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Palo Alto 3.3 out of 5 based on 0 ratings. 57 reviews.
AvinaJohn More than 1 year ago
great book! james franco does a great job showing how harmful peer presure can be.
GoldenSpring More than 1 year ago
Such an amazing book! I liked the cliff hangers and sadness and descriptions and everything! This book could make a great T.V show. It would be done kind of like cold case and how each episode was about a different murder case or something. This could be just the stories of this town. Maybe some stories can be more then one episode but I have a feeling a lot of people would watch it because it is unexpected but exciting.
Anonymous More than 1 year ago
Loves these stories! Killing Animals Is my favorite.
Anonymous More than 1 year ago
Anonymous More than 1 year ago
Short stories anre about middle and high school kids. No my type of book
Anonymous More than 1 year ago
Anonymous More than 1 year ago
Anonymous More than 1 year ago
Anonymous More than 1 year ago
ive heard this book has its bad and good stories... so which ones are the good ones? please respond
Anonymous More than 1 year ago
Anonymous More than 1 year ago
Wow, I can't believe anyone would consider this good writing. It's racist and exploits young women. Plus it's just bad writing. 
Anonymous More than 1 year ago
Couldnt make it past page 58, just horrible.my 5 year old could write better.im not trying to be mean, it was just that bad. There was no depth, to much jumping around and i never felt invested in any characters. I love james and that is why i bought the book, even though other reviews warned me not to. Please dont make the same mistake. If he was not famous,this never would have made it past the publishers garbadge can.
lovejames-franco More than 1 year ago
james franco is amazing! I like how he formed this book into a few short stories about youth and growing up. it was a book about happy and sad time. normal life issues. it interest me to wondering what was go to happen next. james is an talented and amazing man
Anonymous More than 1 year ago
I'm not sure what I was expecting out of this book, but I must have been a fool to believe it would actually be readable. It's all over the place, choppy sentences, random crap. One story inparticular just really lost me. If you can make it through 'Camp' without a single 'wait, what?' Then kudos to you. May I have my $2 back?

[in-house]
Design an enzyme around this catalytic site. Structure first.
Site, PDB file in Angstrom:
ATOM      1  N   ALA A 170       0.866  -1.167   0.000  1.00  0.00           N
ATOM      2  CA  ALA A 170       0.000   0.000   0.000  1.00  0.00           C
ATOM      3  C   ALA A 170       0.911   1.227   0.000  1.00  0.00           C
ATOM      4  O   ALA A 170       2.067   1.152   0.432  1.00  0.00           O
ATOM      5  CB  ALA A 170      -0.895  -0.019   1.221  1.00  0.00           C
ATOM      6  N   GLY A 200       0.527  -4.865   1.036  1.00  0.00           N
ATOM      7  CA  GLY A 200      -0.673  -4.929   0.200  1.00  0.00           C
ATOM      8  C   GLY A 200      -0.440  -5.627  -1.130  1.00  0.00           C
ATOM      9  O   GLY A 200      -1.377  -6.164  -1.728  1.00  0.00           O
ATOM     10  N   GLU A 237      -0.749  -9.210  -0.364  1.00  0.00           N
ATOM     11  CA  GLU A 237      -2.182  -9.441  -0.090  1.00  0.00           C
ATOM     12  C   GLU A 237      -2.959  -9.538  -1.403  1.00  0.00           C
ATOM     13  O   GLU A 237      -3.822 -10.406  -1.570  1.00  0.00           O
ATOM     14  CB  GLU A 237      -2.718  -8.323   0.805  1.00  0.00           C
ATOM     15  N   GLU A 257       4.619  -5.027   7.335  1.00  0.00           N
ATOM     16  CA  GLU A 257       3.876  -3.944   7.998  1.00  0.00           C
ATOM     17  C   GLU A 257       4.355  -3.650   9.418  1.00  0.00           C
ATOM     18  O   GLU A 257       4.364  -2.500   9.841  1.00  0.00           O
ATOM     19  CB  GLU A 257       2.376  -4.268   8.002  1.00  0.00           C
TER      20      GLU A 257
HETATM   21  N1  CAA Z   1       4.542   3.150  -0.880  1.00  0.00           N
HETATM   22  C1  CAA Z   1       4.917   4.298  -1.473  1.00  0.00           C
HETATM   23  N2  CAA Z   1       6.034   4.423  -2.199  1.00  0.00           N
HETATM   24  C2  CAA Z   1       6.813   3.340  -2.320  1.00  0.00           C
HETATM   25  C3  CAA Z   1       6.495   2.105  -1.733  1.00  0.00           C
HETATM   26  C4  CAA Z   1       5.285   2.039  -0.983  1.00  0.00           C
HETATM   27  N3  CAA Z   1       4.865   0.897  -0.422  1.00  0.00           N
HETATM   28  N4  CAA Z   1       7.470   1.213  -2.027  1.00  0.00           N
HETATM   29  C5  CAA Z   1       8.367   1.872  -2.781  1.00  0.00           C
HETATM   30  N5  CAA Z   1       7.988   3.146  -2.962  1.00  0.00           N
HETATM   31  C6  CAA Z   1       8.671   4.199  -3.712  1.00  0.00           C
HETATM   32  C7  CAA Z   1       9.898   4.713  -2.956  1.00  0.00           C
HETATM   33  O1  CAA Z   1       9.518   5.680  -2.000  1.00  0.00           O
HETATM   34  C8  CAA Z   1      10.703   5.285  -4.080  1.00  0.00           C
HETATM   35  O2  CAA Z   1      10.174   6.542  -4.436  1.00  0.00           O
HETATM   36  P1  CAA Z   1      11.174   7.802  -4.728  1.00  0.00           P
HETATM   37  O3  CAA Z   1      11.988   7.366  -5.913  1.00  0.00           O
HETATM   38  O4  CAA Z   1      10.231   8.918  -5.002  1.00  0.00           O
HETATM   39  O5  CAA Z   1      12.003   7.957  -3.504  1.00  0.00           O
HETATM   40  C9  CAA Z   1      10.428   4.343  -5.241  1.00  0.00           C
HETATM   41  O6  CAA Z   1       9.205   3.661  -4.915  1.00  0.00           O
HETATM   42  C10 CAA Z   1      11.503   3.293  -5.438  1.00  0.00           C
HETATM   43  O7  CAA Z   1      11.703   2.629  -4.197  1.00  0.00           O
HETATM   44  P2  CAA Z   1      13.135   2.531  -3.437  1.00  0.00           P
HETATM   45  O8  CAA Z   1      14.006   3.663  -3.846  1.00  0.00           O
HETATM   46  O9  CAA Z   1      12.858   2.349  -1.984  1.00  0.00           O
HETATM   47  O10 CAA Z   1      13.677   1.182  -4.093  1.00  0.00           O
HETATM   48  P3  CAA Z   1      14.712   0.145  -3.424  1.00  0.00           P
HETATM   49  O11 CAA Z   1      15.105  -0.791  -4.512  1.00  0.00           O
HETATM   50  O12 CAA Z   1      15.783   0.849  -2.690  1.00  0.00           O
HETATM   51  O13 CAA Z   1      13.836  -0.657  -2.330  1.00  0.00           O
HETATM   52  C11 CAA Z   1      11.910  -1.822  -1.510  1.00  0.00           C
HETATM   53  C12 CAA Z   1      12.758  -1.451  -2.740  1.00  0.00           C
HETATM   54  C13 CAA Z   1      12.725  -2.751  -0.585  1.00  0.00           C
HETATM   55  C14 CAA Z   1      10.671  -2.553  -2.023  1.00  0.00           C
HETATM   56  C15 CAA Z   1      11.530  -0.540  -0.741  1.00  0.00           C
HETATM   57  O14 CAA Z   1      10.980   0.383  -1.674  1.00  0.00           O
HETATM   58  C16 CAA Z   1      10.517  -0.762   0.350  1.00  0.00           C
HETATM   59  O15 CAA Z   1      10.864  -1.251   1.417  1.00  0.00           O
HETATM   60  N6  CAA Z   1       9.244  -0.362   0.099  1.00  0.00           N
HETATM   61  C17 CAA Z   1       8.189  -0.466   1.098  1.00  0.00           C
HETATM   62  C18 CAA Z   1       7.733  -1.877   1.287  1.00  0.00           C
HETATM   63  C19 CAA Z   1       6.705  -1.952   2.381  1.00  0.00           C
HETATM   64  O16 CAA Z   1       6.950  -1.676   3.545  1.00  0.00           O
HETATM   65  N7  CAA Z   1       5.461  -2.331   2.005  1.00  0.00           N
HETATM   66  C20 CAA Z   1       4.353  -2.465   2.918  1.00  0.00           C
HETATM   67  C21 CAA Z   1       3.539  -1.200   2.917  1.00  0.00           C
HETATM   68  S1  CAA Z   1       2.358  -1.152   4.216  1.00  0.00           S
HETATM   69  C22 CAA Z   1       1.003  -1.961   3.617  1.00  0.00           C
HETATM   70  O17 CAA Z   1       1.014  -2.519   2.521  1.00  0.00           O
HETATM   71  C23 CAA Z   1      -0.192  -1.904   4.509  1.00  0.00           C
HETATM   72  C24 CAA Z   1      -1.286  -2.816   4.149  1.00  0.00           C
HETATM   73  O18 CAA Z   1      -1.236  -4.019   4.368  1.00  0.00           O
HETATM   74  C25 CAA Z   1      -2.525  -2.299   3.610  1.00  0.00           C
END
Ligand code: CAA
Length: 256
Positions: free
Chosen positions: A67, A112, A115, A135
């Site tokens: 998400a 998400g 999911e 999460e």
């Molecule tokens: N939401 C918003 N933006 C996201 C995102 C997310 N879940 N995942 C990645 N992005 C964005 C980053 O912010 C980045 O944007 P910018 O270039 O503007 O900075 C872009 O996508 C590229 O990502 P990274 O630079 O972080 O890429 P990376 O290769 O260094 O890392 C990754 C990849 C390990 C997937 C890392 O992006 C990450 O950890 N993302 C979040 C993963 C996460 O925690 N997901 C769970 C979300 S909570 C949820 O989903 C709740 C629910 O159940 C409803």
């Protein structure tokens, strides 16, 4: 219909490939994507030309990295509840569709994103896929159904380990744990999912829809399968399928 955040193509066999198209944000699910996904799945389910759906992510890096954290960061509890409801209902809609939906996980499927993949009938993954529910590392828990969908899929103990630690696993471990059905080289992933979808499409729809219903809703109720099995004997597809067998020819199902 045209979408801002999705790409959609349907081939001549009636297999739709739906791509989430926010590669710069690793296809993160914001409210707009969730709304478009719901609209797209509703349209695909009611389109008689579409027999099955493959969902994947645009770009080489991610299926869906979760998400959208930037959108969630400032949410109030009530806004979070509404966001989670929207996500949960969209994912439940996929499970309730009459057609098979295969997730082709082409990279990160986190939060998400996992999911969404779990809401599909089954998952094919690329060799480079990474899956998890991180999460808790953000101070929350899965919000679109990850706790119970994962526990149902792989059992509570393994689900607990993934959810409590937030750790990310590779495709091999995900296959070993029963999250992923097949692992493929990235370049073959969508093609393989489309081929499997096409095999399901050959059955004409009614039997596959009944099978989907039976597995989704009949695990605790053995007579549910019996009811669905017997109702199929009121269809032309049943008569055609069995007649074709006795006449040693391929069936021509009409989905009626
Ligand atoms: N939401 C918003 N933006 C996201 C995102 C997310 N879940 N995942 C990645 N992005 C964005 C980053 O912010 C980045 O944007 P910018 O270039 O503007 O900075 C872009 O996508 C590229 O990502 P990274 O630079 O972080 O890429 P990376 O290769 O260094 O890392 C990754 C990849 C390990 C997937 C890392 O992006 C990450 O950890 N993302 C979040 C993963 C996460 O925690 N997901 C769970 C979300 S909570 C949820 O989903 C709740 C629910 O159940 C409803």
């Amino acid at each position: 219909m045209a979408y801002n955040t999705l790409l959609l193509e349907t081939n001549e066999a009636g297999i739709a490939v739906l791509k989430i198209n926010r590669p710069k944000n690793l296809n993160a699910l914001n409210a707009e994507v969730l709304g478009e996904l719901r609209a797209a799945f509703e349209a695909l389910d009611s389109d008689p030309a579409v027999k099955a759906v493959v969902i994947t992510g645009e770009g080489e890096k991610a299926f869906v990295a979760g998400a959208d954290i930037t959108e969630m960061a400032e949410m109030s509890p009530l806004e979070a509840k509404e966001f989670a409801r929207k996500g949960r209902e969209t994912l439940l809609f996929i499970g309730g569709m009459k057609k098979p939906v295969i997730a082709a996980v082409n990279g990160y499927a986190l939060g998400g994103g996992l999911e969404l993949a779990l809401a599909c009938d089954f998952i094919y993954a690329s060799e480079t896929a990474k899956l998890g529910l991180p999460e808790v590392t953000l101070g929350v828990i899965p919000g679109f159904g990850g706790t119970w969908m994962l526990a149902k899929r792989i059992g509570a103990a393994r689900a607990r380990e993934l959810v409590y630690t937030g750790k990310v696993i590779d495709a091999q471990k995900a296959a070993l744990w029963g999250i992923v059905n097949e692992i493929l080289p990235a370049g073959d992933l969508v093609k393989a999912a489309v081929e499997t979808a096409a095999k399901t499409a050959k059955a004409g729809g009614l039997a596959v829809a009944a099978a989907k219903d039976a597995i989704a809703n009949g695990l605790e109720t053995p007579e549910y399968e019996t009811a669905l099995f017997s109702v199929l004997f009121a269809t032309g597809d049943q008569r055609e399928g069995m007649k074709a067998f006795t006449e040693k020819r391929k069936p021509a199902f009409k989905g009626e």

Anonymous More than 1 year ago
read this book on the beach in maine, though it seemed unrealistic and far fetched, i loved the novel. it was a very quick read and i appreciated the brutal honesty in franco's words. my personal favorite part was the epilogue in which franco wrote his personal thoughts on the book being turned into a movie. now I want to see the movie... i would recommend this book to a friend :) 
Anonymous More than 1 year ago
although the story kept me reading it was all over the place..i felt confused a lot
Anonymous More than 1 year ago
Very light, entertaining read!!
Anonymous More than 1 year ago
This book is all over the place. Poorly written and a waste of 149 pages
Anonymous More than 1 year ago
Well I did not hate it but it was not a book that I would read again for the fun of it. I am glad I read it and I will watch the movie because I love james franco on screen. The stories remind me of teens from my youth maybe not specific ones but little pieces of many. Some of the stories sound like the narrator is trying to use big words and pretty descriptions to narrate their life.. maybe to make it seem more poetic or grand. I'm not sure if that was to show how that teen saw his world personally or what. Some of the stories did suck me in in a good way while others I just read with passing amusement. The charactors and stories may not be pretty or even decent but they could be real.
Anonymous More than 1 year ago
Very well put togther, much of this is a very accurate description on teens all over the world trying to become themselves.
Anonymous More than 1 year ago
Anonymous More than 1 year ago
Awesome. Writing style is simple but it was fun to read!
Anonymous More than 1 year ago
There is defiantly a Catcher in the Rye feel to this book, if you like that then you'll enjoy this very much. I was never a big fan but I would say Palo Alto does have some good qualities. Not my favorite. 
Anonymous More than 1 year ago
Anonymous More than 1 year ago